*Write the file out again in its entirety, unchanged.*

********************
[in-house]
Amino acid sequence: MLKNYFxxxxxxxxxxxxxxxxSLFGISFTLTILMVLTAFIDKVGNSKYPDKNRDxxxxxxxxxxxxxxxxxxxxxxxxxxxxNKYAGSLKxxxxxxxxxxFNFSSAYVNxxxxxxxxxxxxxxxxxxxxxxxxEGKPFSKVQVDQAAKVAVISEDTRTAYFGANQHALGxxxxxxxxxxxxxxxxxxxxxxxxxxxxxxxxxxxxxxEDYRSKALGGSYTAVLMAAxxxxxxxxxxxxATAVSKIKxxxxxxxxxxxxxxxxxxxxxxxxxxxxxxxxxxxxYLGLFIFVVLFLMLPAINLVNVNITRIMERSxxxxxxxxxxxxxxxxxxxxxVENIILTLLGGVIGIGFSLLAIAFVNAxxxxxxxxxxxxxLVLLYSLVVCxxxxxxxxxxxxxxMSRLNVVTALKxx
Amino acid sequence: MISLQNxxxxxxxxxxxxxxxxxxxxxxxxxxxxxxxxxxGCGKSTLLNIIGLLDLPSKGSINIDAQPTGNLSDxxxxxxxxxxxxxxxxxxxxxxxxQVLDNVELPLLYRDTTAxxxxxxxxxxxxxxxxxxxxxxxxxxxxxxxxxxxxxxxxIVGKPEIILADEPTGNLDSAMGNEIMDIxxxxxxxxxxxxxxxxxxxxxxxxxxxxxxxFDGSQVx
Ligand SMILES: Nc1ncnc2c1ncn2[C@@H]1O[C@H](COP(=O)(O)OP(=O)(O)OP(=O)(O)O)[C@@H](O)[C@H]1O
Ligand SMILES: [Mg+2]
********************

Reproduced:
[in-house]
Amino acid sequence: MLKNYFxxxxxxxxxxxxxxxxSLFGISFTLTILMVLTAFIDKVGNSKYPDKNRDxxxxxxxxxxxxxxxxxxxxxxxxxxxxNKYAGSLKxxxxxxxxxxFNFSSAYVNxxxxxxxxxxxxxxxxxxxxxxxxEGKPFSKVQVDQAAKVAVISEDTRTAYFGANQHALGxxxxxxxxxxxxxxxxxxxxxxxxxxxxxxxxxxxxxxEDYRSKALGGSYTAVLMAAxxxxxxxxxxxxATAVSKIKxxxxxxxxxxxxxxxxxxxxxxxxxxxxxxxxxxxxYLGLFIFVVLFLMLPAINLVNVNITRIMERSxxxxxxxxxxxxxxxxxxxxxVENIILTLLGGVIGIGFSLLAIAFVNAxxxxxxxxxxxxxLVLLYSLVVCxxxxxxxxxxxxxxMSRLNVVTALKxx
Amino acid sequence: MISLQNxxxxxxxxxxxxxxxxxxxxxxxxxxxxxxxxxxGCGKSTLLNIIGLLDLPSKGSINIDAQPTGNLSDxxxxxxxxxxxxxxxxxxxxxxxxQVLDNVELPLLYRDTTAxxxxxxxxxxxxxxxxxxxxxxxxxxxxxxxxxxxxxxxxIVGKPEIILADEPTGNLDSAMGNEIMDIxxxxxxxxxxxxxxxxxxxxxxxxxxxxxxxFDGSQVx
Ligand SMILES: Nc1ncnc2c1ncn2[C@@H]1O[C@H](COP(=O)(O)OP(=O)(O)OP(=O)(O)O)[C@@H](O)[C@H]1O
Ligand SMILES: [Mg+2]